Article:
Exclusive – Semblance of Normal Life Restored under Turkish Rule in NE Syria
Life has almost returned to normal in regions that were part of Turkey’s Euphrates Shield and Olive Branch operations in Syria. According to the residents of Afrin, Azaz, al-Bab, Jarablus and villages in the northern Aleppo countryside and northeastern Syria, a semblance of a normal life has returned, away from the horrors of war.
Basic services have been restored after the regions were liberated from the ISIS group and after the Kurdish People’s Protection Units (YPG) were expelled from the area by the Free Syrian Army and Turkey some two years ago. In contrast, regime-held areas are still mired in chaos and poor services.
The Euphrates Shield and Olive Branch operations areas are located north and east of Aleppo city. The 4,000-kilometer area is controlled by Turkey and its security is overseen by the Ankara-backed National Army. Some 2 million people now live in the area. They include locals and displaced.
Asharq Al-Awsat toured the Euphrates Shield and Olive Branch regions, witnessing how life has returned to normal. Mahmoud Merhi described the situation as “calm, stable and relatively safe.”
He had arrived from the Hama countryside in search of stability in Afrin city where he now resides. Stability has attracted Syrians from different parts of the country. They have arrived here in search of permanent employment, he said, stressing that Turkey will not allow the regime to seize the region as it has done in other parts of the country.
The situation is not completely stable, he remarked, citing the occasional booby-trapped car attacks that target markets and heavily populated areas. Blame is usually pinned on the YPG that denies the accusations.
Prosperity of trade and industry
Mahmoud Khairo, from the Idlib countryside, works at a cake factory in Afrin. He decided to move to the area from Idlib some six months ago after stability, security and trade and industry were restored. He moved his cake factory to Afrin where he rented a large warehouse for 400 dollars a month. He has created 20 job opportunities at the factory and is distributing his products to the local market at a profit.
The availability of olive oil lured Mahmoud Dalati from the Damascus countryside to Afrin. He used to work in a soap factory, but was forced out of eastern Ghouta in the Damascus countryside around a year-and-a-half ago. He has now opened a small workshop where he produces Syria’s famed soap, a trade he learned from his father and grandfather. He sells his product in the cities of al-Bab, Afrin and Azaz.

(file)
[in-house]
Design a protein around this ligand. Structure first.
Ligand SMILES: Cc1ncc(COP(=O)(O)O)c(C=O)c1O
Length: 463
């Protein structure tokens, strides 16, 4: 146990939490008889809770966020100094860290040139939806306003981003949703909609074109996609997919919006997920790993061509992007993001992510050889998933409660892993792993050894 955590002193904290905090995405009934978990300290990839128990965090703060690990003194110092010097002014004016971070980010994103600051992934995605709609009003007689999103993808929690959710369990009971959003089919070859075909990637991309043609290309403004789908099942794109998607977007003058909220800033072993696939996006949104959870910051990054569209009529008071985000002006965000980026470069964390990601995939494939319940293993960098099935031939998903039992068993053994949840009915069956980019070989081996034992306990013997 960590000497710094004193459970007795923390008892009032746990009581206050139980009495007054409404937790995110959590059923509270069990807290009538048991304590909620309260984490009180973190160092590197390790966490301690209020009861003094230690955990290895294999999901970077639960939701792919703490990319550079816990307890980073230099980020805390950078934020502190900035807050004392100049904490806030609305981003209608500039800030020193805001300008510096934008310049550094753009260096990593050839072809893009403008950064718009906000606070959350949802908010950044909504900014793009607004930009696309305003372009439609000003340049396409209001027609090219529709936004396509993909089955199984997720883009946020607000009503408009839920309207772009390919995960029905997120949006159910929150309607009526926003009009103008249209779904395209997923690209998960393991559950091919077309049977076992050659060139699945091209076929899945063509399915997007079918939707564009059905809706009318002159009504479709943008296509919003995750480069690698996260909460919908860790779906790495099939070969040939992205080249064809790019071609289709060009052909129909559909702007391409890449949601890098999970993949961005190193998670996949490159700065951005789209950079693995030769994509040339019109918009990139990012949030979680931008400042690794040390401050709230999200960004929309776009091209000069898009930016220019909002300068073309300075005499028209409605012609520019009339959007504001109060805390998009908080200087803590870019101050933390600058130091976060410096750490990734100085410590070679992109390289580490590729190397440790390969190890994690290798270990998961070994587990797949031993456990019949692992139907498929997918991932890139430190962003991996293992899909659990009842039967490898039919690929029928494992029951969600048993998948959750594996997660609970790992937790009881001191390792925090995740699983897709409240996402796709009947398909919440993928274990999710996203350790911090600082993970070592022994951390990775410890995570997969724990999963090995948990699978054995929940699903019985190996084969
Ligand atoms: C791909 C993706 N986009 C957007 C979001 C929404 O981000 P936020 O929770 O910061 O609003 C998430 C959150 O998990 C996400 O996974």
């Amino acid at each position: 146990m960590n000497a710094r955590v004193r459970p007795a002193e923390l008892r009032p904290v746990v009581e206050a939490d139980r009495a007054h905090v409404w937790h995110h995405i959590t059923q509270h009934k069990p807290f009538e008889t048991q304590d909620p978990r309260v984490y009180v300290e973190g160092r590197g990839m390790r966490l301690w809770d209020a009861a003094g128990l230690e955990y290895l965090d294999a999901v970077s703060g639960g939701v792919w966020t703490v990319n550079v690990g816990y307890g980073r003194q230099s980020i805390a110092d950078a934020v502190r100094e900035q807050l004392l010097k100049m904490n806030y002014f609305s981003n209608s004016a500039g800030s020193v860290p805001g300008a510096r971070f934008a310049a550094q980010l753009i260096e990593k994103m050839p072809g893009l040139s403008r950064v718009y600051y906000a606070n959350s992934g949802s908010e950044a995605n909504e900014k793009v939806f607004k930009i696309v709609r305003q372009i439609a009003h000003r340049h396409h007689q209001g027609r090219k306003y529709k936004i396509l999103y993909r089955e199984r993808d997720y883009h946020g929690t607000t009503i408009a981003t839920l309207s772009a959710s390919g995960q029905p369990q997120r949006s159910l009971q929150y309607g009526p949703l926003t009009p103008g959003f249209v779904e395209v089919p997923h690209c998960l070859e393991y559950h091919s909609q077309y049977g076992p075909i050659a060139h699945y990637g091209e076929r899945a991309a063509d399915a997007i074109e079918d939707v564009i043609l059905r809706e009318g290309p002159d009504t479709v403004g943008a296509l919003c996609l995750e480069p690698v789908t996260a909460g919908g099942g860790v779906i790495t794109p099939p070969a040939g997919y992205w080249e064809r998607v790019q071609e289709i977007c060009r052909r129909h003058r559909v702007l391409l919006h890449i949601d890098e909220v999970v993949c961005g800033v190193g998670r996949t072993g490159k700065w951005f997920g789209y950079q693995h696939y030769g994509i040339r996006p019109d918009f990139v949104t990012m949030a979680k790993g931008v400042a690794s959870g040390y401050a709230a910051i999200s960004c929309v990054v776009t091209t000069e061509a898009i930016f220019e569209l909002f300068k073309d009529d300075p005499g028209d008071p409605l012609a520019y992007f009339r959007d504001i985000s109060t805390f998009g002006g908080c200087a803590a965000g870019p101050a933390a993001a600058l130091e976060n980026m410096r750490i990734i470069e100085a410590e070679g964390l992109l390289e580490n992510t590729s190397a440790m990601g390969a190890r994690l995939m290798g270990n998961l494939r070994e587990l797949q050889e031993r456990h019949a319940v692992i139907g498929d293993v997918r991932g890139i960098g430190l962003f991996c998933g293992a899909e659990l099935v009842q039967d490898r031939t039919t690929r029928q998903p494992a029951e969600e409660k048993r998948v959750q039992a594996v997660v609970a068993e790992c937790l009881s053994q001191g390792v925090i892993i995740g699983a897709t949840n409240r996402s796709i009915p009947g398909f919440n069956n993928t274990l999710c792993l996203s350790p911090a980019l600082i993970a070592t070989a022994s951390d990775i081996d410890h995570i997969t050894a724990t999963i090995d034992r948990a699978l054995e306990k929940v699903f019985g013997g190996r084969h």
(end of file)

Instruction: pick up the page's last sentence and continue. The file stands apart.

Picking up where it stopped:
“Life and work in these areas is much better than it is in other Syrian regions,” he told Asharq Al-Awsat. The markets are full of people and trade is thriving in local and Turkish goods. Different businesses have opened, such as currency exchange shops, jewelry stores, bookstores and factories. The people get paid in Turkish liras.
Harmony between locals and newcomers
Amin Naso Kurdi, a local from Afrin, said: “Life between the locals and displaced here is based on love and mutual respect. We share the same concerns and joys and we respect each other’s traditions. We have never viewed them as strangers.”
“This has been our trait as Syrians for centuries,” he stated. He also noted the marriages that have taken place between peoples from different regions and the locals. “The unions took place without any sectarian or ethnic impediment.”
Teaching and languages
Jomaa Kazkaz oversees education in the al-Bab region within the Euphrates Shield region.
He said the education sector has overcome several problems and has come a long way in returning students back to the classrooms. Schools can accommodate 80 percent of students after they were renovated and rebuilt by local and international organizations.
Turkey has taken it upon itself to support education in the Euphrates Shield and Olive Branch regions, he said. It has provided school desks and stationery, teaching expenses and salaries that reach 750 Turkish liras.
“Teaching at our schools is an example to be followed. We have adopted amended regime curricula and introduced English and Turkish language classes,” Kazkaz said. He remarked, however, that schools still cannot accommodate all the available children that are flooding the region, saying the situation has led to overcrowding in classrooms.
Observers have noted that al-Bab city’s economic prosperity can be attributed to the availability of some free services, most notably, health care. Turkey has constructed the 200-bed al-Bab hospital that boasts eight operating rooms.